I set down the grocery bags and sat beside him. "What's bothering you, then?"

"Richie's at confession."

"Oh. Well, y'know, Catholics are funny about things like that."

He looked at me as if I were nuts. "I'm Catholic."

"I'm sorry, Albie, I'm not following you."

"I can't go to confession. I can't go to Mass, and I can't receive communion."

"Now I'm really not following you."

"I'm a fag!" He gave me a scared look. "I shouldn't have said that. Are you going to punch me?"

"Why would I?"

"Because I'm queer."

"Albie, I've got eyes in my head. I could see you and Richie were together. So you're homosexual. So what?"

"My family doesn't approve. The ... the Church doesn't approve... " He jammed the heel of his hand into his mouth, but I could hear the sob anyway.

"It means that much to you?"

"Of course it does! I was raised Catholic. I was baptized, made my first holy communion, and was confirmed at St. Therese of the Little Flower. That was where I went to school. And when I graduated there, I went to St. Joseph the Carpenter High School."

"And then you went to Notre Dame?" I was hoping he'd laugh.

Instead, he buried his head in his hands. "I'm going to hell."

"I thought Jesus was a loving god."

His head shot up, and he glared at me. "He is!"

"Then why would he have any objection to who you loved?" I could never understand why god would care one way or another about who his followers loved.

"It's an ecumenical thing." Albie scowled at me.

"Okay. But... Richie is Catholic too, isn't he?"

He nodded glumly. "Yes. He's Italian, you know."

"I really don't get it, Albie."

"Richie loving me and ignoring the Church's rulings? He was in the Korean War. He said, 'If god ain't got no beef with me shootin' gooks, then he shouldn't a oughta gotta problem with me lovin' another guy.' But I wasn't in the army, and... " Tears trickled down his cheeks again. "I want to go to mass. I want to receive communion. I don't want to go to hell."

Just then I heard the outer door open, and I recognized Richie's footsteps. I took the handkerchief from Albie's hand and dried his face. "Richie's home."

"How do you know... I don't want him to see me like this, like a crybaby. Please don't tell him!"

He took his handkerchief back and bolted up the stairs. I picked up my bags of groceries.

The lobby door opened, and Richie walked in, blowing on his fingers.

"Hey! Hi, Jim! Boy, I wanna tell you, the father was brutal. He gave me twelve Hail Mary's, twelve Our Father's, and twelve Glory Be's."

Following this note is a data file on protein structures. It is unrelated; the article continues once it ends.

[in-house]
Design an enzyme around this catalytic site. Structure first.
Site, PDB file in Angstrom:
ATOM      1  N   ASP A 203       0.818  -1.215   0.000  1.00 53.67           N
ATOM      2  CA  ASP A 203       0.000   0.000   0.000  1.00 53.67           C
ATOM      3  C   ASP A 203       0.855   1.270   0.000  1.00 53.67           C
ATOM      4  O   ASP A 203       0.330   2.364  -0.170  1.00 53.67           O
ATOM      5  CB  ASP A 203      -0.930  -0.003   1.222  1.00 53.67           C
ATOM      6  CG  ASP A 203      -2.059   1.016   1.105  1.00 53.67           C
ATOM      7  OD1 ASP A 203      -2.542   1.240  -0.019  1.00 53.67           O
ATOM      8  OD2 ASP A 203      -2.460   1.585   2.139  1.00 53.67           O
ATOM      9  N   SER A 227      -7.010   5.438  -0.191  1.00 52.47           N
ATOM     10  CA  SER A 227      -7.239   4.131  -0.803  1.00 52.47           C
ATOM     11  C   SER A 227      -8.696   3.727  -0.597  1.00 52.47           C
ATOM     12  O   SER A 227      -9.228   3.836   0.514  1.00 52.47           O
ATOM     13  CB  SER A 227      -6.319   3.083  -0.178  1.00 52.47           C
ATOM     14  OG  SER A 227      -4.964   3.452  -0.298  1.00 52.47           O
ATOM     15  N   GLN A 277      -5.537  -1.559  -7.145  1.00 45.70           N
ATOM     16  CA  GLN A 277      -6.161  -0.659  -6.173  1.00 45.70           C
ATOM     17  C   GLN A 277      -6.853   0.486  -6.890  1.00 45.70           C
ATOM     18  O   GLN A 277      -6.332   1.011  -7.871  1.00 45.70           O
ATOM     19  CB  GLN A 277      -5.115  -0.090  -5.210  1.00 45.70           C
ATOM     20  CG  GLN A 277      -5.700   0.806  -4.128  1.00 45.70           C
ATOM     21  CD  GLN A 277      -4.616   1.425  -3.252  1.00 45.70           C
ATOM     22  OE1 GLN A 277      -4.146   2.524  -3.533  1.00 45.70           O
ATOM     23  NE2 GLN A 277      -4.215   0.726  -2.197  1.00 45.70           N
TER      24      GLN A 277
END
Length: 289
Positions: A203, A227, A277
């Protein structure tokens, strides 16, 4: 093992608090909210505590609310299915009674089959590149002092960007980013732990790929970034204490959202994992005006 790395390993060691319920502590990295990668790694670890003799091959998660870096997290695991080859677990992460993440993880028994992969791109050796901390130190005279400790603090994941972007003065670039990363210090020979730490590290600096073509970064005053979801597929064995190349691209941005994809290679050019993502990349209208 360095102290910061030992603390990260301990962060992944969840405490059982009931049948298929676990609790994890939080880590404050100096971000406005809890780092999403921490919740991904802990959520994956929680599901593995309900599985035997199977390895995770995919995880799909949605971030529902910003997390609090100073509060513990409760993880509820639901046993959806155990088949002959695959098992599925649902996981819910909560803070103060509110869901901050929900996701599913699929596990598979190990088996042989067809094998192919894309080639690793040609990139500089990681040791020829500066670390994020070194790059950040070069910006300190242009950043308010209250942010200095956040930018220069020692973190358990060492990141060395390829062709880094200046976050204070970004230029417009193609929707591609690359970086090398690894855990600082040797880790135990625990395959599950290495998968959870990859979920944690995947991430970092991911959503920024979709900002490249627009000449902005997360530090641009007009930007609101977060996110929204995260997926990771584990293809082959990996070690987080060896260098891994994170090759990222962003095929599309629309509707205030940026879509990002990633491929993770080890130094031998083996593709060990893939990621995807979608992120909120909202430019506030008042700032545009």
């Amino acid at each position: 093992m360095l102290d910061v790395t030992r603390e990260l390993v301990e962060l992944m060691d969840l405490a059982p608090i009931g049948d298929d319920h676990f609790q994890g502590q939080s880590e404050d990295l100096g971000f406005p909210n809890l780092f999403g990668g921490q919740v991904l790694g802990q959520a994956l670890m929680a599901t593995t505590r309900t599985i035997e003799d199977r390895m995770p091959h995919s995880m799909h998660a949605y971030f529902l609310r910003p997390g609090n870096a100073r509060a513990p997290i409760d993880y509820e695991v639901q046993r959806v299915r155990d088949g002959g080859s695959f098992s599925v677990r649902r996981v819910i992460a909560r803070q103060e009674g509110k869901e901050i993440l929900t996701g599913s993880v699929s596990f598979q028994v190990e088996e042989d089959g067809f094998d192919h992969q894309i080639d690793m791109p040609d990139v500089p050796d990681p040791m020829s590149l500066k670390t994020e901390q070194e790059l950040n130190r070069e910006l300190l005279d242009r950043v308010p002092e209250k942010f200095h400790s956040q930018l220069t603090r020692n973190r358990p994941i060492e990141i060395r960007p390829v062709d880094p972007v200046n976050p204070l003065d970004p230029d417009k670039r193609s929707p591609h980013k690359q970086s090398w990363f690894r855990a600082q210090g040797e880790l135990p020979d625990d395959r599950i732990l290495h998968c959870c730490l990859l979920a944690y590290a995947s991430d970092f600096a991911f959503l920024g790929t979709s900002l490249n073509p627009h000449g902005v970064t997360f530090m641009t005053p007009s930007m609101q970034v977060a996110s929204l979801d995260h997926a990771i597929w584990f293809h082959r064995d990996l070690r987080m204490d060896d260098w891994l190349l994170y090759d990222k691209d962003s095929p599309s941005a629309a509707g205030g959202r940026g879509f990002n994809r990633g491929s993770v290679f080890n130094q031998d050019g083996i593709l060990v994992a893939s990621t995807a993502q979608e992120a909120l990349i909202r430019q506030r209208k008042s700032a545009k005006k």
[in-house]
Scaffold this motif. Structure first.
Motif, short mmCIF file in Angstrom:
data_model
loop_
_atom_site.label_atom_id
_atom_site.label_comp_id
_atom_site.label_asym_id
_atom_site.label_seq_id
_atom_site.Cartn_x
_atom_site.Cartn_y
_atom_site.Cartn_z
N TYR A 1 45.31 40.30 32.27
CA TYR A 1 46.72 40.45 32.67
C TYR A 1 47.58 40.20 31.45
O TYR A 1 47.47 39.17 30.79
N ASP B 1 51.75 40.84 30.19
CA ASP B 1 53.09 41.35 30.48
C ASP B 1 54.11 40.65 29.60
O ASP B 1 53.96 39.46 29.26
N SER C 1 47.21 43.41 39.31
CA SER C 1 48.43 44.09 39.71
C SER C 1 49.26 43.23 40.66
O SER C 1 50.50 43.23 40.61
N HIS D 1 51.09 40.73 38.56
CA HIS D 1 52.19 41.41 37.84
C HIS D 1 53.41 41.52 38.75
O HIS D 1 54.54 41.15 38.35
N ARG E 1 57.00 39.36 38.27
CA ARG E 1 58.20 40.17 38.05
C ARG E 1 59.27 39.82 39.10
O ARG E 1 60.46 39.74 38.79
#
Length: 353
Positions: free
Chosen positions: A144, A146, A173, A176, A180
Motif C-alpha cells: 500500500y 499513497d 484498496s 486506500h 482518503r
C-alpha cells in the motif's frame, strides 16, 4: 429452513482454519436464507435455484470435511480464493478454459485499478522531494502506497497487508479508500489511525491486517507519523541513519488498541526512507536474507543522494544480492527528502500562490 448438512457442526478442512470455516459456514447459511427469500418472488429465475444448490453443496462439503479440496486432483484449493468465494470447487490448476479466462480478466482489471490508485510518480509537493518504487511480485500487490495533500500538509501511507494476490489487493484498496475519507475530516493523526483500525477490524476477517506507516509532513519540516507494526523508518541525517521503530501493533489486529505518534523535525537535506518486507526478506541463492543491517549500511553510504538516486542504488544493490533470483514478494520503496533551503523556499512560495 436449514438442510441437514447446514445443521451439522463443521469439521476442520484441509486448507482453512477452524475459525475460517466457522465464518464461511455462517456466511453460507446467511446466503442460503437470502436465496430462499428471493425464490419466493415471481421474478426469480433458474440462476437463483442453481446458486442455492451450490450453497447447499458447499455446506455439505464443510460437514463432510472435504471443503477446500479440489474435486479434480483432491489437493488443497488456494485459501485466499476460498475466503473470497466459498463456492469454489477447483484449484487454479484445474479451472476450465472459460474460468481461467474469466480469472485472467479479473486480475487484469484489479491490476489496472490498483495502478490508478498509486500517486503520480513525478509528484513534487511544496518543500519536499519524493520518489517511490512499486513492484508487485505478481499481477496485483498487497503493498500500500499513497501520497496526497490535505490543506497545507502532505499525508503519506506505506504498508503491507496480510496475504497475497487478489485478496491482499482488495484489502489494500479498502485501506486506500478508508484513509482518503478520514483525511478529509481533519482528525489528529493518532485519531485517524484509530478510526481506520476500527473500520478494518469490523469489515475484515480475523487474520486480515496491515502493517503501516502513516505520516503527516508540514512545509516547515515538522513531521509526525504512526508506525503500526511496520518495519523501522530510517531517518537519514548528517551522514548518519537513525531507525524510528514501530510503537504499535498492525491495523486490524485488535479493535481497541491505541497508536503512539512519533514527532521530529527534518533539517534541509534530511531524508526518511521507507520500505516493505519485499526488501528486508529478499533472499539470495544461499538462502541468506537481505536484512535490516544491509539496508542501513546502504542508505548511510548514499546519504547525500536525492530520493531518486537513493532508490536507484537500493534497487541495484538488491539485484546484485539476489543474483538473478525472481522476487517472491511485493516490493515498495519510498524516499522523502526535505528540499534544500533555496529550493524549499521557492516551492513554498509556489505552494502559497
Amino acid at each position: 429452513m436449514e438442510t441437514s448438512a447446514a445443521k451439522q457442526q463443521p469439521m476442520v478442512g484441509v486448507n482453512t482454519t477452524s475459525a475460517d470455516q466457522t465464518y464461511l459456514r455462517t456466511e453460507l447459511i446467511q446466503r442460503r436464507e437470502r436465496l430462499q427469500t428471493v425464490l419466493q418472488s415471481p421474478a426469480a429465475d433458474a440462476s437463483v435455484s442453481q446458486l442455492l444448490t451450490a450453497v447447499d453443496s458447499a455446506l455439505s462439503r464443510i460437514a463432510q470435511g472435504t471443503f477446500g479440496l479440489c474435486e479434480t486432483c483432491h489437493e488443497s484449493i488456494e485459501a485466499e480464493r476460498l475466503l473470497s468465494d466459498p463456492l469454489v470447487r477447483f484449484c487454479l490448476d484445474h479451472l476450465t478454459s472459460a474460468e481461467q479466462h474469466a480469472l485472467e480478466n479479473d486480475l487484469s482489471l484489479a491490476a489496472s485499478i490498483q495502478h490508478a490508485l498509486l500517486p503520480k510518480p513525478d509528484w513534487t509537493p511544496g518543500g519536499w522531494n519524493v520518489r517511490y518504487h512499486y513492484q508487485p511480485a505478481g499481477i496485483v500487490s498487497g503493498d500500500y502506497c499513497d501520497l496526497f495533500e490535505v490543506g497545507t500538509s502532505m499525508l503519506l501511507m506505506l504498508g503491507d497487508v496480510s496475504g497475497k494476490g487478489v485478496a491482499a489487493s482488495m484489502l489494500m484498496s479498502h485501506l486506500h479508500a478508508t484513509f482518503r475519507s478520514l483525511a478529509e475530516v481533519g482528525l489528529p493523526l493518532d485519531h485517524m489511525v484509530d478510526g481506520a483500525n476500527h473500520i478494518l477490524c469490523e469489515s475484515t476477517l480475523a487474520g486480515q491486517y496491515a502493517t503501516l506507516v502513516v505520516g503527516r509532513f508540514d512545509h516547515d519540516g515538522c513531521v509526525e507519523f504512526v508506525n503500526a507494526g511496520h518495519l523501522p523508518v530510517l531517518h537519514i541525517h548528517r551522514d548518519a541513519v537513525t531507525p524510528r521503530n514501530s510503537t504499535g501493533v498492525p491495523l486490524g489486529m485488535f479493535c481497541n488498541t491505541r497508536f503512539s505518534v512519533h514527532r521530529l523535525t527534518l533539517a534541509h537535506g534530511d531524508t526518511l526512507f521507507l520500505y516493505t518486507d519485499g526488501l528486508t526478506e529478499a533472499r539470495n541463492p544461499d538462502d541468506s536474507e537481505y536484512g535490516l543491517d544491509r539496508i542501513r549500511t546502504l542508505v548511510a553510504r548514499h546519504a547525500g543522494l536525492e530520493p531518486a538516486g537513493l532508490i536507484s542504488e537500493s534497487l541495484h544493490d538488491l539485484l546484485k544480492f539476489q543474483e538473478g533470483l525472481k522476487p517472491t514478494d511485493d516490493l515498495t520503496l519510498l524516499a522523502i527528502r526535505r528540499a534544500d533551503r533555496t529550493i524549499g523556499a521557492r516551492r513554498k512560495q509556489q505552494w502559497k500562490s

I didn't say anything.

"I went to confession."

"Yeah. The kid said something about that."

He saw my expression and scowled at me. "You think my feelin's for Albie are somethin' I have to confess? I tell the father what he wants to hear - I drink, I swear, I chase tail. I just don't tell him whose tail I chase. I wish I could talk Albie into playin' the game."

So did I. "Well, I've got to put this stuff away. It's cold outside, but it's warm enough in here to melt my ice cream."

"Yeah, okay. I'll see ya."

I climbed up the stairs. On the second floor landing I paused and looked down the corridor to Albie's apartment. The door was closed, but I could have sworn I heard crying.

One of Richie's cats, a calico with a stub of a tail, sauntered to the stairs and went down.

Of course. The sound must have been Rumpleteazer.

I went up to my apartment to put my groceries away.


I didn't expect anything from my family for Christmas, which was just as well, because I didn't get anything, not even a freaking card.

But Albie was still living with the hope that his family would get in touch with him, especially at this time of the year.

They didn't.



"Yes, sir?" I'd come in to pick up a clean uniform and my paycheck.

"I need you to take Rafe's evening shifts at Macy's, starting tonight."

"Sure thing, Simon."

Brian Rafe, one of Simon's senior men, had asked to take some time off when a complication in his wife's pregnancy had threatened her life.

Mrs. Rafe and the baby were doing well now. We'd all been up to the hospital to visit them, and had chipped in to buy a crib for the new addition to the Rafe family.

"Renee and the baby should be discharged a couple of days after Christmas if all continues to go well. Her mother will fly out to help them out, and Rafe should be back at work then."

"All right."

"I'm sorry if this interferes with any plans you have, and I'm even more sorry you'll have to work the day-after-Christmas shift." His teeth clamped down on his cigar. "The store will be a madhouse."

"I can handle it, Simon." I'd been in stores the day after Christmas, when everyone was desperate to return gifts they hadn't really wanted, and that could be downright scary, but I didn't want my boss to think I couldn't do it.

"I knew I could count on you. Someone Jack vouched for... " He nodded and handed me my pay envelope.

So I pulled two shifts a day during the week and an additional one at Macy's on Saturday, and I tucked away the extra money in my paycheck in my safe deposit box.

Well, I had no one to spend it on.

Macy's stayed open late on Christmas Eve, taking advantage of the people who seemed to be comfortable waiting for the last minute to get their shopping done.

I caught a bus and looked through the windows as snow began falling. We were going to have a white Christmas.

The bus stop was a couple of blocks away from the brownstone where I lived, but the bus driver was feeling the joy of the season, and he let me off right in front of 852.

"Thanks," I said. "Merry Christmas."